Since 1982, the sex structure of the populations of the provinces and territories has changed, in part because of the population aging process. The proportion of males has declined throughout Canada except in Quebec and Manitoba. On July 1, 2012, it was once again the territories and Alberta that posted the highest sex ratios in Canada. The Northwest Territories ranked first with 108 males per 100 females, followed by Nunavut (105); these are both places with high fertility and a young population. Among the provinces, Alberta had the highest sex ratio (104), mainly because it too has a younger population; males outnumber females in the youngest populations. Finally, Prince Edward Island and Nova Scotia were the provinces with the lowest sex ratio (95) on July 1, 2012.
Provincial and territorial variations
Newfoundland and Labrador
On July 1, 2012, 16.6% of the population of Newfoundland and Labrador was aged 65 and over. Its median age, estimated at 44.2 years, was the highest in Canada. In the past 30 years, this province's median age has risen by 18.4 years, the largest increase in Canada. Thus, Newfoundland and Labrador has gone from being the province with the lowest median age in 1982 to the one with the highest median age. This province combines low fertility with substantial migratory losses, two factors that contribute to population aging.
Prince Edward Island
The median age of Prince Edward Island's population stood at 42.6 years on July 1, 2012, while the proportion of its population that was aged 65 and over was estimated at 16.4%. Among the Atlantic provinces, Prince Edward Island had the lowest median age and the lowest proportion of persons aged 65 and over. Also, 15.7% of the province's population was under 15 years of age, the highest proportion in the Atlantic region. Prince Edward Island is the province with the highest fertility in that region.
Nova Scotia had one of the oldest populations in Canada. The share of its population that was aged 65 and over was estimated at 17.2%, the highest proportion in Canada. Also, its median age was 43.4 years, the second highest figure after Newfoundland and Labrador. This situation is due both to lower fertility and to interprovincial migratory losses.
On July 1, 2012, 17.0% of the population of New Brunswick was aged 65 and over, the second highest figure in Canada. Its median age was estimated at 43.4 years, up 14.9 years since 1982. Like the other Atlantic provinces, New Brunswick has a fertility rate below the national average and losses in its migratory exchanges with the rest of Canada.
The population of Quebec was slightly older than that of Canada as a whole. On July 1, 2012, 16.2% of this province's population was aged 65 and over, while its median age was 41.5 years, the highest figures west of the Atlantic provinces. Quebec has continual migratory losses and a fertility rate that until recently was below the national average.
Population estimates indicate that on July 1, 2012, Ontario had a slightly younger population than that of Canada as a whole. The median age of Ontario's population was 39.8 years, while the proportion of the population aged 65 and over was 14.6%. Since 1982, this province's median age has risen by 9.1 years, an increase slightly lower than for Canada as a whole.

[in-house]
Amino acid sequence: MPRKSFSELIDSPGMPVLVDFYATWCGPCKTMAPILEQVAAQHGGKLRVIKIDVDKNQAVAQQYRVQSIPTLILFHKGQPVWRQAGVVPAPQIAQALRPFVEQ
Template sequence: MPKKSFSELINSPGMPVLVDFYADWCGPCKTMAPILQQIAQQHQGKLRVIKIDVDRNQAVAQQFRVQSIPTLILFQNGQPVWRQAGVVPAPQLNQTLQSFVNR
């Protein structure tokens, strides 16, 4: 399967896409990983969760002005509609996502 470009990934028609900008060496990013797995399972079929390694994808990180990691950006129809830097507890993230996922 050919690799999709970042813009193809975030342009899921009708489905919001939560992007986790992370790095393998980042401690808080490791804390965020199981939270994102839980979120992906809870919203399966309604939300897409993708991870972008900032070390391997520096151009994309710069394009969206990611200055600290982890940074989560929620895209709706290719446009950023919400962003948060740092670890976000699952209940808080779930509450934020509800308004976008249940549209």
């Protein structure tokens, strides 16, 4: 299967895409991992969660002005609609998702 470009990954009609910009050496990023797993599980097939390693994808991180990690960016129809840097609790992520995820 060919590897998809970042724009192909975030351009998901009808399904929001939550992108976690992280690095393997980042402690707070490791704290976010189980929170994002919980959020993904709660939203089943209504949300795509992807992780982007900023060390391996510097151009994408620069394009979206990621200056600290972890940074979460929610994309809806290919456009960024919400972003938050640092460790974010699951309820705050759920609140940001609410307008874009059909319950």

On July 1, 2012, 14.2% of the population of Manitoba was aged 65 and over and its median age was estimated at 37.6 years. On the other hand, 18.8% of this province's population was 0 to 14 years of age, the highest proportion for a province after Saskatchewan. Manitoba has had the lowest median age since 1982 (7.6 years) because of a fertility rate above the national average.
On July 1, 2012, Saskatchewan had the largest proportion of persons aged 0 to 14 of any province (19.1%). Also, 14.7% of this province's population was aged 65 and over and its median age was estimated at 37.1 years. The median age in Saskatchewan was down 0.3 years from the previous year. This situation is due to having the highest fertility of all the provinces and net international migration that has increased substantially in the past few years.
Among the provinces, Alberta had the youngest population on July 1, 2012. Its median age was 36.1 years, while its proportion of persons aged 65 years and over was estimated at 11.1%, with both these figures being the smallest for any province. Moreover, Alberta had the highest proportion of working-age persons of any province (70.6%). Alberta is characterized by high fertility and major gains from interprovincial migration
On July 1, 2012, the median age of British Columbia's population was 41.4 years, while the proportion of persons aged 65 and over was estimated at 15.9%, with both these figures being the highest west of Quebec. This situation is due to lower fertility and longer life expectancy.
On July 1, 2012, Yukon was the place in Canada with the largest proportion of working-age persons (73.5%). This territory also had highest median age (39.4 years) and the largest proportion of persons aged 65 and over (9.4%) of the three territories. Yukon stands out from the other two territories in that its fertility rate is closer to the national average.
The Northwest Territories had the youngest population after Nunavut. Approximately one person in five (21.4%) living in this territory was under 15 years of age, while only six persons in 100 (6.2%) were aged 65 and over. The median age of the Northwest Territories population was estimated at 32.1 years. This territory has a fertility rate much higher than the national average, surpassed only by that of Nunavut.
Nunavut has the youngest population in Canada. The median age of Nunavut's population (24.7 years) and its proportion of persons aged 65 and over (3.3%) are by far the lowest in Canada. Furthermore, 31.7% of the population of Nunavut is under 15 years of age, a proportion almost twice the national average. Nunavut has the highest fertility in Canada, approximately two times higher than the national average.